When you are armed with sufficient information as well as a solid action plan, there is no reason for you to find college admissions confusing or difficult. The trick is to avoid making common mistakes which can restrict your options or even eliminate your chances of being admitted to your choice of school.
Your Choice of College
Believe it or not, the mistakes commonly associated with college applications can be easily avoided. For starters, choosing a particular college because most of your friends plan to go there is never a good idea unless you are all planning to be lawyers or engineers, which is unlikely. While you want to be with your best friend, you should prioritize your goals when you choose a college.
Personalizing your school search will enable you to zero in on what you really want to achieve. If you want to be a lawyer, choose a school that has a good track record of reputable alumni who are now successful lawyers. List your needs in terms of the location, distance, and the size of a college. If you want to go home every weekend, for instance, you should choose a college that is closer to home.
Submissions and Grammar Mistakes
Late submissions of application materials, incomplete submissions or even failure to submit the required documents can be disastrous for you. These could delay the processing of your college application and, in some cases, may be the cause of your non-acceptance. Letters of recommendation and secondary school report cards are just some of the documents you need to prepare.
Another very common mistake is the grammar and spelling mistakes found in application forms, supplemental essays, and other documents that you need to write. These mistakes are avoidable if you simply proofread and edit whatever you have written before you mail them. Most college admission officials will not like such carelessness.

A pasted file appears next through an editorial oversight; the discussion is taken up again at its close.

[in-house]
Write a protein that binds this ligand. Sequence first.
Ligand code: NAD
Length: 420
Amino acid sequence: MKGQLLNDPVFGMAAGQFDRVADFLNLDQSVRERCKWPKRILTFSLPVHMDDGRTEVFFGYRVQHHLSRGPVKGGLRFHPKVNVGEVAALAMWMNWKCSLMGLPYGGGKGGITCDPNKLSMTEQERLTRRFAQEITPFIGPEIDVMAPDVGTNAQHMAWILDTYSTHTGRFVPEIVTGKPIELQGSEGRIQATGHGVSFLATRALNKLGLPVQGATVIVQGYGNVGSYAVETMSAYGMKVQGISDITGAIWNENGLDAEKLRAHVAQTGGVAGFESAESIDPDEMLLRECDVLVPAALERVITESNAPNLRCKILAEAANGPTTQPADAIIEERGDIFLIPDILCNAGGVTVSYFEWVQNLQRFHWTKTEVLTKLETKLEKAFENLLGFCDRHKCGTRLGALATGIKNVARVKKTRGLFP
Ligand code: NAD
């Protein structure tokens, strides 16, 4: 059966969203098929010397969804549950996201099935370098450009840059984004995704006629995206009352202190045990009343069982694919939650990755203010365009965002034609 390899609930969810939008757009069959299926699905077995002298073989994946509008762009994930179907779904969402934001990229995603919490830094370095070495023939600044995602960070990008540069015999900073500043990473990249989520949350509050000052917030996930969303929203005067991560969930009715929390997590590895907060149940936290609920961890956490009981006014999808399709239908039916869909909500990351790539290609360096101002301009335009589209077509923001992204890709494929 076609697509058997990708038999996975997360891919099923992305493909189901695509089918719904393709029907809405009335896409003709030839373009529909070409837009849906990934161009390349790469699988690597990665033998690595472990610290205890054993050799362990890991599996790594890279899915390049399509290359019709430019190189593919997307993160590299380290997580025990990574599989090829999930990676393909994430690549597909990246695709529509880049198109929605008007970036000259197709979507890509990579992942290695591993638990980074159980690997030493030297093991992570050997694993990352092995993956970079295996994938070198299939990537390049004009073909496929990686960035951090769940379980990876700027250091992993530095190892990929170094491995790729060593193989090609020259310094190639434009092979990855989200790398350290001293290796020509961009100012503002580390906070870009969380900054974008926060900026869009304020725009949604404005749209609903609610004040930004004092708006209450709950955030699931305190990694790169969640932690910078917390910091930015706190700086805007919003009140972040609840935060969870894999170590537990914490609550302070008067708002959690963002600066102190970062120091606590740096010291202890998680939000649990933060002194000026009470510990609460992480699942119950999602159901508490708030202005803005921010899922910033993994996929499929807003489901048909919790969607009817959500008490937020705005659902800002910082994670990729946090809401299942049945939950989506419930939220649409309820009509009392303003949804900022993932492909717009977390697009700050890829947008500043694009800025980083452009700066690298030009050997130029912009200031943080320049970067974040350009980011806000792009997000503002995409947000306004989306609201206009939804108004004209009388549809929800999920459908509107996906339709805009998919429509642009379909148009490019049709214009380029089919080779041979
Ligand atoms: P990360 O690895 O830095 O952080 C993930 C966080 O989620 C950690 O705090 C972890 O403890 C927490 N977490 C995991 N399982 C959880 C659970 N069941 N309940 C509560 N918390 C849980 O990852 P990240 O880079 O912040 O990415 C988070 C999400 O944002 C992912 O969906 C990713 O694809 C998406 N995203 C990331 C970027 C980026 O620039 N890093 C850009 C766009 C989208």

Don’t Exaggerate Your Achievements
Don’t think that your grade point average, SAT scores or high school activities will be enough for all the colleges you apply to. A majority of admission officers, especially those from small or community colleges, like to see beyond an individual’s academic profile. If you are involved in community activities, for example, make sure that you include those in your application.
On the other hand, exaggerating about your achievements is always a bad idea. You would be surprised at how admission officers investigate the information written on college applications. Needless to say, stretching the truth on a college application will be verified, especially those activities that are leadership or award related. Exaggeration in this case is tantamount to lying.
Internet and Social Media
Remove videos and photos of yourself wearing inappropriate outfits or behaving badly online. Yes, admission officers also check social media sites.
And if your email address is very inappropriate, such as email@example.com make sure you don’t give that out in your contact details. Create an email account that is specifically for your college applications. Keep it clean and simple. The email address you consider “cool” or “hip” or “funny” may not impress admission officers at all.